I’m really beginning to fear that the Skylight we knew is dead – what’s left is a zombie theater group. How sad, particularly given the great season they had planned for the 50th.
    This board member's rant is one of the most disheartening and disappointing missives I’ve read in a long time.

  4. Yes, art would be so much less disdainful if we didn't have to put up with those artists.

  5. Artist #2, I believe you mean, "them artists."

  6. Was alcohol involved when this idiot wrote this appalling letter?

  7. shockingly and horrifyingly funny. sounds more like a mel brooks character than a real human being, especially one who volunteered for and donated to an arts organization.

  8. All I can say is OMG. Some of us remember how Clair would kick a certain critic out of the theatre (DPN) - holding the curtain until the dirty deed was done. What I wouldn't give to boot this buffoon off the board - ala Clair - if they weren't already gone. Good riddance to this ungrateful and unenlightened "supporter."

  9. Wow. I mean everyone is entitled to their opionion and I am sure that for every person who loves the work of "Artists 1 and 2" there are those who do not.

    And there is some truth to the point that it is the audience that is the important focus of what we do (though not the corporate donor). But there would be no audience without the artists, just as there would be no reason for us without them.

    This person clearly has no concept of art and it's creation and place in society. But just as strong as his/her sentiments are is the joyous ease with which we can dismiss them as being the rants of an illiterate, ill-informed, and ill-spoken wackadoodle.


  10. What a moron. Why don't they ask the donors and board members to appear in all the future shows and see how far they get with that?


    It was really hard to digest the content of this letter while trying to avoid the spelling errors and grammar problems. Ugh! At any rate, this person clearly has their illiterate head up their Rovian ass. I'm embarrassed to know this person once had ANYTHING to do with Skylight. The cavalier attitude, smarminess, and utter meaness is beyond comprehension. If this is how this person feels about those on stage, I can only imagine the disdain he/she felt for those of us who worked behind the scenes to help the machine run. What a gigantic loser.

  12. Dear Former Skylight Board Member,

    I will start by telling you that I am making the assumption that I am one of the artists deleted from the version posted here on tuesdays. Since you refer to LITTLE WOMEN as avant garde, I am making the leap that you considered MIDNIGHT ANGEL and countless other pieces I directed in my years at Skylight as even more intolerable.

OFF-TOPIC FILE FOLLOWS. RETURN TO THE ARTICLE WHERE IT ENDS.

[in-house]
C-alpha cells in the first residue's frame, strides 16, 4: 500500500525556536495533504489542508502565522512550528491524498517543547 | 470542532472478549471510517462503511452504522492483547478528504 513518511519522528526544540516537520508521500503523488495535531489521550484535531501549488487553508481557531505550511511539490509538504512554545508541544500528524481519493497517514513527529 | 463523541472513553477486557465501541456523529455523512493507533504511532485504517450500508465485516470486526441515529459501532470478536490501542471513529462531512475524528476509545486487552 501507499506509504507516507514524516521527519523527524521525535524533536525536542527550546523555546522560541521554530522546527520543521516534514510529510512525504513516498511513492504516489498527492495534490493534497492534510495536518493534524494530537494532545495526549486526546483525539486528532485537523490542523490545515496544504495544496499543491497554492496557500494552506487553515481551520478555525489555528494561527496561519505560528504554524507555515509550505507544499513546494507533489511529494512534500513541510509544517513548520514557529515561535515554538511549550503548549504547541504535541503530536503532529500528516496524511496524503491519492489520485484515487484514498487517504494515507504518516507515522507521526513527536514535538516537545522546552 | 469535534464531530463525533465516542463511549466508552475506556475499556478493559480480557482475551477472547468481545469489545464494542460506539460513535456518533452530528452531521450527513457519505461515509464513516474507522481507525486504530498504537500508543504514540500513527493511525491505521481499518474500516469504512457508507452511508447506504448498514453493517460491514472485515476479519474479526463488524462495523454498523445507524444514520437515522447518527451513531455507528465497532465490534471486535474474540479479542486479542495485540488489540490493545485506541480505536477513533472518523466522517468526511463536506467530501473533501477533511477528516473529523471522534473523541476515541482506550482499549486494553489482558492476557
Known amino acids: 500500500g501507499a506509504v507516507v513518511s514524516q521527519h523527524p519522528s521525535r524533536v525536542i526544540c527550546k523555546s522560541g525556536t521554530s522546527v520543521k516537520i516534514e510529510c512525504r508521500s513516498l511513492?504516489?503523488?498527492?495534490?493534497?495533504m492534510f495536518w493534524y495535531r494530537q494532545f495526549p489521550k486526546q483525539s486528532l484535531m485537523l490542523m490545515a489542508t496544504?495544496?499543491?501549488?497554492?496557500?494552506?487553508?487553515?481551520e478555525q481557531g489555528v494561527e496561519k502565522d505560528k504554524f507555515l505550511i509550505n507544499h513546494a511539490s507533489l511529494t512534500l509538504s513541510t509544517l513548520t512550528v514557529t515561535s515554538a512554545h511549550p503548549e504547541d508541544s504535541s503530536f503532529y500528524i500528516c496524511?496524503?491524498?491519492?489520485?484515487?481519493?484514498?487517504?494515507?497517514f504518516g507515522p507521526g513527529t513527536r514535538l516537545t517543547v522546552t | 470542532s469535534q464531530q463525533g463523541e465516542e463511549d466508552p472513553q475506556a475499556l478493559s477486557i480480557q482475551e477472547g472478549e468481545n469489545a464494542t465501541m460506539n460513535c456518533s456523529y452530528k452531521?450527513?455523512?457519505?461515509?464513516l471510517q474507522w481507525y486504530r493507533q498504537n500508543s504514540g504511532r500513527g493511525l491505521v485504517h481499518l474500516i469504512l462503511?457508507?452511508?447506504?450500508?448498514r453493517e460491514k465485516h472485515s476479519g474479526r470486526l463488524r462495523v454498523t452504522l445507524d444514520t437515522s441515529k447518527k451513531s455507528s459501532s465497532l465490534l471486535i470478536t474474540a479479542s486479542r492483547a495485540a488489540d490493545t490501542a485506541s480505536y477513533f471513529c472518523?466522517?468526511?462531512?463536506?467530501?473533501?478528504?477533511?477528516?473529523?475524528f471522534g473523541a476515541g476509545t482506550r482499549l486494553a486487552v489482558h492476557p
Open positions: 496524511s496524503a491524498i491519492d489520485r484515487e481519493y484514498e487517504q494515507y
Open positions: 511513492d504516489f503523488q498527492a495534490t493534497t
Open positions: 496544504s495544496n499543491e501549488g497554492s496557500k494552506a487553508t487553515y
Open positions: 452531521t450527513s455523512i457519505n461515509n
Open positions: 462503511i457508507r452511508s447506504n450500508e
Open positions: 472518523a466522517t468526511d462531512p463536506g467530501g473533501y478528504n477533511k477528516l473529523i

Despite that, you donated and volunteered for the organization. Good for you and thank you. I think serving an organization even when you don't agree with everything they do is a wonderful and important thing that people like you do.

    I would like to take a moment, however, to clear up a few things in this current situation. No one will argue with you that artists who work for a company get paid. And yes, indeed, that makes them employees. From the tone of your letter, it assumes that employees should be disdained and not listened to. I take umbrage with this sentiment as very often, the employees are those most able to make changes, cut costs come up with new ideas of how to do business. There are many cases in the corporate world where just such action was taken and a company on the verge of bankruptcy came back to surge forward to success.

    And I'd also caution you to keep in mind that no one who is speaking up is asking to be hired by the Skylight. Frankly, most of us assume we will never darken your world again, what we are speaking for is the simple fact that in an ARTS organization there needs to be an ARTS LEADER. The idea of eliminating, without any warning, the position of Artistic Director appears to be one that is not well thought through.

    Finally, I'll conclude with a word of caution. The Board and you have entrusted the future of the Skylight to someone whose work as a musical theatre artist is essentially unknown. Has anyone SEEN his work as a director? For all you know, Eric Dillner may be the most avant garde artist to work at the Skylight in decades.

  13. now I'M pissed.

    tony and i go wayyy back to high school. hey tony...i'm impressed by your blogging efforts to cover this story. but you've always been tenacious so i'm not surprised. i'm also an actor and published/produced playwright living in Los Angeles...AND i'm moving back to Milwaukee at the end of the month.

    and what a mess i'm moving into. what DOES surprise me is this email - and from a board member, no less. i have no affiliation with the Skylight like many of you have, never acted there (have seen one show - "The Spitfire Grill"). i haven't developed the relationships like some of you have, or the love for the Skylight like some of you have. but i understand what that's all about. Theatre Cedar Rapids and Riverside Theater in Iowa City are my "Skylights". so is the Westchester Playhouse in LA. i feel your pain. and i am no less passionate.

    this "board member" (if you can call "it" THAT) has personally insulted ME as an artist and i, like mr suozzi, take umbrage at the comments in the email made toward email that could not possibly widen this board member's influence on the Skylight board or within the Milwaukee theater community (in reference to the author of the email saying their influence may not be as wide as others on the board).